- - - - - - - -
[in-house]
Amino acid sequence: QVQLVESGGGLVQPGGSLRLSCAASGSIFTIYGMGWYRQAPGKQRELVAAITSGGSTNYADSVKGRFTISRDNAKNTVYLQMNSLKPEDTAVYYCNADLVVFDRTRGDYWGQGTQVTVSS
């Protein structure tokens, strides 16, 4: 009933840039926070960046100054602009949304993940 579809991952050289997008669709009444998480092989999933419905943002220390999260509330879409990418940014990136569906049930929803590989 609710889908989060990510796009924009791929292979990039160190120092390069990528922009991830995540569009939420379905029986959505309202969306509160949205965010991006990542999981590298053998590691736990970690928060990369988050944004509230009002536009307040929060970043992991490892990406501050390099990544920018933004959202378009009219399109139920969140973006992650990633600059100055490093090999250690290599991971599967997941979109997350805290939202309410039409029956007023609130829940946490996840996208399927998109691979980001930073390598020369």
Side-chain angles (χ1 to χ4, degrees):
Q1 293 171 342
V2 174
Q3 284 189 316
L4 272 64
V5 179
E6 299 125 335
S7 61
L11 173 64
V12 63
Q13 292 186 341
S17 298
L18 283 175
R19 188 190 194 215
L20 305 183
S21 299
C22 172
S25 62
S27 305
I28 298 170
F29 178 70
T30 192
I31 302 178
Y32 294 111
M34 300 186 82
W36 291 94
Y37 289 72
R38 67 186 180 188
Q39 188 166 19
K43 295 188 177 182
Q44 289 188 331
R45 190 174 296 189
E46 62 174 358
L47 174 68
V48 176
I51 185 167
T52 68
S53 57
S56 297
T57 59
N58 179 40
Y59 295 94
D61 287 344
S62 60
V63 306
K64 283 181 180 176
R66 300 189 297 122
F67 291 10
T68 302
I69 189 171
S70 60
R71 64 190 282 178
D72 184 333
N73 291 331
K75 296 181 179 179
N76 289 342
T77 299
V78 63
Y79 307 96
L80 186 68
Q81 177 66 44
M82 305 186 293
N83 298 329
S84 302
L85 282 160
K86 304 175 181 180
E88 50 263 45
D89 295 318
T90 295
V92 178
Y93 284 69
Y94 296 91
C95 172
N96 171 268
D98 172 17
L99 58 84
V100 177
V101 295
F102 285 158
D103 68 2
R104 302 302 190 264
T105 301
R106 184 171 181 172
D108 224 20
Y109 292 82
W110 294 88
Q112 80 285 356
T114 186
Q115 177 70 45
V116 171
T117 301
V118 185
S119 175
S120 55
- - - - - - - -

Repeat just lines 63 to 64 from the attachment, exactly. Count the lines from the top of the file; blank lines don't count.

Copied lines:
L80 186 68
Q81 177 66 44